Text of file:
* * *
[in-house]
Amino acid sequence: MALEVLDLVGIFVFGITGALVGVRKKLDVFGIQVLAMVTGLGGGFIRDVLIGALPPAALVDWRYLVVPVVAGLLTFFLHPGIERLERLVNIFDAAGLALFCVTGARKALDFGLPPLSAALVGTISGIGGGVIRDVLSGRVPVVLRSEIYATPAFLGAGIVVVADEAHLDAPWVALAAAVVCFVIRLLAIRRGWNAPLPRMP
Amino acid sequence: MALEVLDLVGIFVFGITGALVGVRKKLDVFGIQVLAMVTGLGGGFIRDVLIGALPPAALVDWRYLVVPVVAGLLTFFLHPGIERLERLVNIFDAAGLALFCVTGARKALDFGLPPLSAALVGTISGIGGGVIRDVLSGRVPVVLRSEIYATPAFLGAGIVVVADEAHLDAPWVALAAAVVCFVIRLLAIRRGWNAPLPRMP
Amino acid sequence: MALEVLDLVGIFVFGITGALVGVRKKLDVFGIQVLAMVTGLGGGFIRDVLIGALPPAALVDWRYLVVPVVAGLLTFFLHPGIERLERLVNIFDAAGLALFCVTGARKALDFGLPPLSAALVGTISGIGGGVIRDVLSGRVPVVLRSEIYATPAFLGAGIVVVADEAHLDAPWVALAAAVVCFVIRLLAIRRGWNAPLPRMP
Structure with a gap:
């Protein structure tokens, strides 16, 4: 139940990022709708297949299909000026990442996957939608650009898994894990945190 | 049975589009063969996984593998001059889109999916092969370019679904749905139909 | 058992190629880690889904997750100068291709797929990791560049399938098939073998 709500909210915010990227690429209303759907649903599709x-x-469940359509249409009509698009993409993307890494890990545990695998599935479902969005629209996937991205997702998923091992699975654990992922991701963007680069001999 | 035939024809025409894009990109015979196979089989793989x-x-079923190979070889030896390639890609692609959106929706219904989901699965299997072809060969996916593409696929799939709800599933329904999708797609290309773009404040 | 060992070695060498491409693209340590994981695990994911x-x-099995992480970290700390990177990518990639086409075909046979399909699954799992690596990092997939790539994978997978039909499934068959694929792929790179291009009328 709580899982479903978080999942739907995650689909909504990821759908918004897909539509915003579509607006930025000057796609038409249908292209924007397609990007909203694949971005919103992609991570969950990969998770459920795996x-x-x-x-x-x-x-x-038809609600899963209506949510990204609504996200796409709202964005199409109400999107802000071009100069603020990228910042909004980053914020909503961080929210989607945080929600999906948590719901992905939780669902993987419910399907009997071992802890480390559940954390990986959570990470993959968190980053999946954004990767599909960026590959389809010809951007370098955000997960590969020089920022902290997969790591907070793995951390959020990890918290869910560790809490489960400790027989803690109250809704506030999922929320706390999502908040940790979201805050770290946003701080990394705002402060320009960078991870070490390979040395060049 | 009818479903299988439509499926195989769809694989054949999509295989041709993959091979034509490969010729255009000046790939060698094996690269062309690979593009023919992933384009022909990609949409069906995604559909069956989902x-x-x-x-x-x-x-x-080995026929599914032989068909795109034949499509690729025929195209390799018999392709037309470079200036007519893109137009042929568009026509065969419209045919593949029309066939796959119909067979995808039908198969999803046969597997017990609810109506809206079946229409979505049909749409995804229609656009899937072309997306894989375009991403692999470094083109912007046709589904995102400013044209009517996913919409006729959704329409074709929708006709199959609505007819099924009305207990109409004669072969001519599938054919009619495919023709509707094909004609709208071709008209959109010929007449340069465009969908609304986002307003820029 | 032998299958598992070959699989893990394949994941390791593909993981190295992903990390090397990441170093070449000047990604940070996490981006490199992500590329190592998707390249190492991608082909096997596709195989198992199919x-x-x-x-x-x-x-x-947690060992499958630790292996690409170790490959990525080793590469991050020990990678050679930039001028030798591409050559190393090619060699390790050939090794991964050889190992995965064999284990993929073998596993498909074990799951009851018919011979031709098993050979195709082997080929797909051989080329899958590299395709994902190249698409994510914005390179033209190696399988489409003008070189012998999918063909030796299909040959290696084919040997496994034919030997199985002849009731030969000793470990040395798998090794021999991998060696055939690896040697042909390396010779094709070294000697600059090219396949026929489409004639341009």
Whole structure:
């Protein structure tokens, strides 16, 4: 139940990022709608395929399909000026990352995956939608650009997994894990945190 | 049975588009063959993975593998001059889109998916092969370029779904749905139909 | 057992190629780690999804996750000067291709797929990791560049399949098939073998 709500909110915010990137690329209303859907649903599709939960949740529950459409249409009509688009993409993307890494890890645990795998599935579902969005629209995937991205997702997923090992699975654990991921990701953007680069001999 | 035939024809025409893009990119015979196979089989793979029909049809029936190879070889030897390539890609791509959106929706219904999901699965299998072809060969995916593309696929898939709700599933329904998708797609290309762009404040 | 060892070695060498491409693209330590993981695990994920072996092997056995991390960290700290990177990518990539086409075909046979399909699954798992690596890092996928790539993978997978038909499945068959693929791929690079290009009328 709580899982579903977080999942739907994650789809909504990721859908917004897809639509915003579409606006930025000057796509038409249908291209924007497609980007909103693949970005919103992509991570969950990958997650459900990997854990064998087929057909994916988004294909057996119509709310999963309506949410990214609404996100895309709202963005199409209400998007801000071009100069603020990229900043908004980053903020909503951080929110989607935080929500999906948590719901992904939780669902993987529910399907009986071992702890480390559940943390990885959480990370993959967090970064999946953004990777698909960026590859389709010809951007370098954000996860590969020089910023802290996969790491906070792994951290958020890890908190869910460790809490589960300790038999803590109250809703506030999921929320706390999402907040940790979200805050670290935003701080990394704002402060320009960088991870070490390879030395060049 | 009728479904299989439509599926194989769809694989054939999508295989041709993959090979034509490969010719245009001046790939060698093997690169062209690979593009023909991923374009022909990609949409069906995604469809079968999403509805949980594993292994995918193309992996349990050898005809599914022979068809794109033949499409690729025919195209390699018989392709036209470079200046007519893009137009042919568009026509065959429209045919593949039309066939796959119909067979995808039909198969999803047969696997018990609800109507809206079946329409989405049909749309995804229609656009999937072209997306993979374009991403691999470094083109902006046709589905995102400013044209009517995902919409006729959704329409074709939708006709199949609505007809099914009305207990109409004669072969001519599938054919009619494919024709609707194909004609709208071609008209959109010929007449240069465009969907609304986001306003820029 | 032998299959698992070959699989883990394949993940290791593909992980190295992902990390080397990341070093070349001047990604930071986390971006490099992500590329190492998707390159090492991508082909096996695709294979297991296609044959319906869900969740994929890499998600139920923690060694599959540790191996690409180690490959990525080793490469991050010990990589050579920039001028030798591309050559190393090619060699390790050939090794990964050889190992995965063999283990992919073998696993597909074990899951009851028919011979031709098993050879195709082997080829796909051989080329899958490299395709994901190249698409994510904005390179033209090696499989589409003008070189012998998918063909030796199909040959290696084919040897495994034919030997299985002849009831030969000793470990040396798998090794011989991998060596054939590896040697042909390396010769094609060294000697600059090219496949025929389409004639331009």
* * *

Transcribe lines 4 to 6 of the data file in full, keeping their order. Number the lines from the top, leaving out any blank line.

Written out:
Amino acid sequence: MALEVLDLVGIFVFGITGALVGVRKKLDVFGIQVLAMVTGLGGGFIRDVLIGALPPAALVDWRYLVVPVVAGLLTFFLHPGIERLERLVNIFDAAGLALFCVTGARKALDFGLPPLSAALVGTISGIGGGVIRDVLSGRVPVVLRSEIYATPAFLGAGIVVVADEAHLDAPWVALAAAVVCFVIRLLAIRRGWNAPLPRMP
Structure with a gap:
């Protein structure tokens, strides 16, 4: 139940990022709708297949299909000026990442996957939608650009898994894990945190 | 049975589009063969996984593998001059889109999916092969370019679904749905139909 | 058992190629880690889904997750100068291709797929990791560049399938098939073998 709500909210915010990227690429209303759907649903599709x-x-469940359509249409009509698009993409993307890494890990545990695998599935479902969005629209996937991205997702998923091992699975654990992922991701963007680069001999 | 035939024809025409894009990109015979196979089989793989x-x-079923190979070889030896390639890609692609959106929706219904989901699965299997072809060969996916593409696929799939709800599933329904999708797609290309773009404040 | 060992070695060498491409693209340590994981695990994911x-x-099995992480970290700390990177990518990639086409075909046979399909699954799992690596990092997939790539994978997978039909499934068959694929792929790179291009009328 709580899982479903978080999942739907995650689909909504990821759908918004897909539509915003579509607006930025000057796609038409249908292209924007397609990007909203694949971005919103992609991570969950990969998770459920795996x-x-x-x-x-x-x-x-038809609600899963209506949510990204609504996200796409709202964005199409109400999107802000071009100069603020990228910042909004980053914020909503961080929210989607945080929600999906948590719901992905939780669902993987419910399907009997071992802890480390559940954390990986959570990470993959968190980053999946954004990767599909960026590959389809010809951007370098955000997960590969020089920022902290997969790591907070793995951390959020990890918290869910560790809490489960400790027989803690109250809704506030999922929320706390999502908040940790979201805050770290946003701080990394705002402060320009960078991870070490390979040395060049 | 009818479903299988439509499926195989769809694989054949999509295989041709993959091979034509490969010729255009000046790939060698094996690269062309690979593009023919992933384009022909990609949409069906995604559909069956989902x-x-x-x-x-x-x-x-080995026929599914032989068909795109034949499509690729025929195209390799018999392709037309470079200036007519893109137009042929568009026509065969419209045919593949029309066939796959119909067979995808039908198969999803046969597997017990609810109506809206079946229409979505049909749409995804229609656009899937072309997306894989375009991403692999470094083109912007046709589904995102400013044209009517996913919409006729959704329409074709929708006709199959609505007819099924009305207990109409004669072969001519599938054919009619495919023709509707094909004609709208071709008209959109010929007449340069465009969908609304986002307003820029 | 032998299958598992070959699989893990394949994941390791593909993981190295992903990390090397990441170093070449000047990604940070996490981006490199992500590329190592998707390249190492991608082909096997596709195989198992199919x-x-x-x-x-x-x-x-947690060992499958630790292996690409170790490959990525080793590469991050020990990678050679930039001028030798591409050559190393090619060699390790050939090794991964050889190992995965064999284990993929073998596993498909074990799951009851018919011979031709098993050979195709082997080929797909051989080329899958590299395709994902190249698409994510914005390179033209190696399988489409003008070189012998999918063909030796299909040959290696084919040997496994034919030997199985002849009731030969000793470990040395798998090794021999991998060696055939690896040697042909390396010779094709070294000697600059090219396949026929489409004639341009």